Be sure you bring along the "emergency bag" and put into it:
  • sewing supplies (including correct color threads and scissors!)
  • many safety pins
  • aspirin-type pain killers (sore feet! headaches! etc.!)
  • bandaids of varying size (unfamiliar shoes! blisters! papercuts! sword fights!)
  • Neosporin or some other antibiotic first-aid cream (infections! blisters!)
Throughout, we've mentioned that you should get help or take classes. But not only will a cosplaying-sympathetic friend help you get where you're going with your costume project, they can help you dress and undress. This is important if you need to be laced in, sewn in, or your eyesight will be inhibited in any way. This person can carry your wallet, keep you hydrated, keep you from passing out. He or she will be your page; you can repay them in kind at the next cosplay event. If possible, you can costume the helper to be compatible, so its not so obvious you have to have a sitter with you.

Doing these things as a group really is helpful, whether you find a group online, or you have something like a costume bee at your place every so often.

You might want to wear your costume more than once, and you'll have to figure out how to store it. Whatever you do, be sure you clean and repair your costume BEFORE you put it away. Aside from being less nasty, a clean costume is less likely to attract vermin or rot or "freeze up" in a manner that's undesirable or unrepairable.

If you can afford it, a mannequin is a nice idea to display your costume in your home or place of work, but remember if left alone it will get dusty. Put clothing in plastic or drycleaning bags or Ziplocs for temporary storage. We also like the 'under the bed box' storage options one sees for storing blankets and such.

Keeping the costume in good repair will add to your cosplay experience. You don't want to break it out and find you have a couple of hours of sewing, recoloring, and hot glueing to look forward to before you can put it on.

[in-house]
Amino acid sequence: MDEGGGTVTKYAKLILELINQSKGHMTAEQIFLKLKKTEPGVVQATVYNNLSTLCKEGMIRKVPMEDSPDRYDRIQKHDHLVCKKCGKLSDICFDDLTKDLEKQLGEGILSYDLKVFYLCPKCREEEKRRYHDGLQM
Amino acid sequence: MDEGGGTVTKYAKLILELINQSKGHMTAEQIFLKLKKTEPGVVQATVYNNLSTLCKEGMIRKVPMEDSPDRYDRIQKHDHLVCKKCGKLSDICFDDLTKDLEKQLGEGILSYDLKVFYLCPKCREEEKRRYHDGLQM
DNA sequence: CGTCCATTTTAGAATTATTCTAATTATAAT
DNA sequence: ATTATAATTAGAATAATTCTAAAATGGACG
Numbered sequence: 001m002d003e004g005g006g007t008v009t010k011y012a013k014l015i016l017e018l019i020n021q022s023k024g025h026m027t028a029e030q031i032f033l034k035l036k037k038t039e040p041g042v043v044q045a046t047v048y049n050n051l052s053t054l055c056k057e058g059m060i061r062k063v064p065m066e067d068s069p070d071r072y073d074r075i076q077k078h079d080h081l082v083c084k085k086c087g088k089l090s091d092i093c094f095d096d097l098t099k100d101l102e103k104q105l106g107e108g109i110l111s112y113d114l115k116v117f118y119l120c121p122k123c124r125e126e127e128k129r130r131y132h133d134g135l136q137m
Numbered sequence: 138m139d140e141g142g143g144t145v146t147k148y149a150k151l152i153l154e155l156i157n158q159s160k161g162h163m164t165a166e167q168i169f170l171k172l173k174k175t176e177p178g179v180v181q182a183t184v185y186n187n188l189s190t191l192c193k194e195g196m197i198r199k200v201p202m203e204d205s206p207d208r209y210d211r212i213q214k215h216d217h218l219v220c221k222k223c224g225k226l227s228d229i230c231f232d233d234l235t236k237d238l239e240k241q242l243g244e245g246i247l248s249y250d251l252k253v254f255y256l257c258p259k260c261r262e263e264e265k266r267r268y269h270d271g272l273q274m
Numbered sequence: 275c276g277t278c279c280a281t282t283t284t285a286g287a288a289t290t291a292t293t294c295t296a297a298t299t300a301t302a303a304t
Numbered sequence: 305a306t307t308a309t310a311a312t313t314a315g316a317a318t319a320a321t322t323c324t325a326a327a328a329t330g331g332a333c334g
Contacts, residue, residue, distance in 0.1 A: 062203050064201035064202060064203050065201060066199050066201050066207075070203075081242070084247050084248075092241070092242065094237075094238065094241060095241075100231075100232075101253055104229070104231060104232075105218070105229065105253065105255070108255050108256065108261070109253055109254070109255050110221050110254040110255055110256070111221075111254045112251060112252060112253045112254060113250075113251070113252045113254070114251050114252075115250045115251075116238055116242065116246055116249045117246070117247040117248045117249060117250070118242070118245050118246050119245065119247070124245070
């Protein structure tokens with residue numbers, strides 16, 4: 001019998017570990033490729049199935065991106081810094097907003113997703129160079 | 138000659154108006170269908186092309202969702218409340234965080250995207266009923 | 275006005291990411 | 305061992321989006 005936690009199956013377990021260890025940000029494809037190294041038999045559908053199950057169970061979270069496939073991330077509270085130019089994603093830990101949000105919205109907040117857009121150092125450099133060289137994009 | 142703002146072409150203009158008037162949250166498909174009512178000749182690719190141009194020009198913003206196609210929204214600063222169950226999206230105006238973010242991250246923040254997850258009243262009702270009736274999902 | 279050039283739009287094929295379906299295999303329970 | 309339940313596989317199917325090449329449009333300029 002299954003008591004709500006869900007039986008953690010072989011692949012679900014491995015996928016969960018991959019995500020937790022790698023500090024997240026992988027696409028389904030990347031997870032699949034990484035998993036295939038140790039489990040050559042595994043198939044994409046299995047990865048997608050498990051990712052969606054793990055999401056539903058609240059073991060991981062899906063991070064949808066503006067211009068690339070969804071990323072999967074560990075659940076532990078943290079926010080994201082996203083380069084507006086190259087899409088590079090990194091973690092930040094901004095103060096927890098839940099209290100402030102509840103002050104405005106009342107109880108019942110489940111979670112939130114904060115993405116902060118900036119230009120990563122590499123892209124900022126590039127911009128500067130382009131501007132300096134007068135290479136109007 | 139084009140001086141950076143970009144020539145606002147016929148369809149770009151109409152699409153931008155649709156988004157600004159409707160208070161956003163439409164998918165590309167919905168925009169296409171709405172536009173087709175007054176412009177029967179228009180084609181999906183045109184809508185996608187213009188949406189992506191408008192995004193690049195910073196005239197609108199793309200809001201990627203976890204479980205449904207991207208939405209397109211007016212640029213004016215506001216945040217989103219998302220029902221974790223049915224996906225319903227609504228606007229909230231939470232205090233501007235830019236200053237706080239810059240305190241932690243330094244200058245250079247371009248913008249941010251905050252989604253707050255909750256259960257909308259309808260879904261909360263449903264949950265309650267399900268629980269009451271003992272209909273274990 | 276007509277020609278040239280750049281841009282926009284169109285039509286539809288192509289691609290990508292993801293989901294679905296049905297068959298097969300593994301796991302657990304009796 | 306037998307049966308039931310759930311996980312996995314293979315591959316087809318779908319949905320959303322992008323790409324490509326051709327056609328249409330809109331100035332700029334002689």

Also, some people simply don't have the time or resources or talent to make their own costume. If you don't want your costume anymore, you might consider letting such folks know your creation is for sale. The better its stores, the more likely your customer will be pleased!

Can't say it enough — be sure you try the full costume on your body at least once before you debut it and look at it in front of a full-length mirror. Or have a friend videotape or photograph you as you do a slow turn, you pose, get a flash photo taken of you, etc. This way you can:
  • Check to make sure you didn't forget anything;
  • Test the comfort and do the "walk test" ... and make notes about the limitations (like, will you trip over your dress / cloak, are there dangling threads / staples, you really DO need those earrings and shoes ...);
  • See if additional "under support" might be needed, or if fabric is "too sheer";
  • Practice your pose, and modify as necessary;
  • Practice putting the thing on and taking it off, and decide if you will need help;
  • Figure out how hot / cold you will be and make decisions on how long you can be in the costume before problems might arise;
  • Figure out where to clip or hang your pass or ID card ... you don't want it in the front to mar your costume's look!
  • If (godforbid) there is an emergency, will the costume need to be cut off??? Whew! It does seem like a lot to think about! Feel free to ignore these at your peril, of course. And undoubtedly, there are things we'd forgotten ... if we remember, more will come!

    There is a certain pride when creating a costume, a bit like being a kid again, but with more resources! And meeting others who appreciate what you did and want to record or efforts on film or file, that's a great rush! Honestly, this stuff is good fun.

    Good luck with your costume, and please remember to send us a pic and description of your costume and/or experience and/or tips and tricks!

    Disclaimer: Opinions expressed are the author's own, and no profit or lucre is expected, solicited, advocated or paid. This is all just for fun. Any comments, please e-mail the author or WOOKIEEhut directly. Flames will be ignored. Characters and situations are the property of LucasFilms Ltd., Bantam Publishing, Random House, and their respective original owners and developers. This essay / editorial may not be posted anywhere without the author's knowledge, consent, and permission.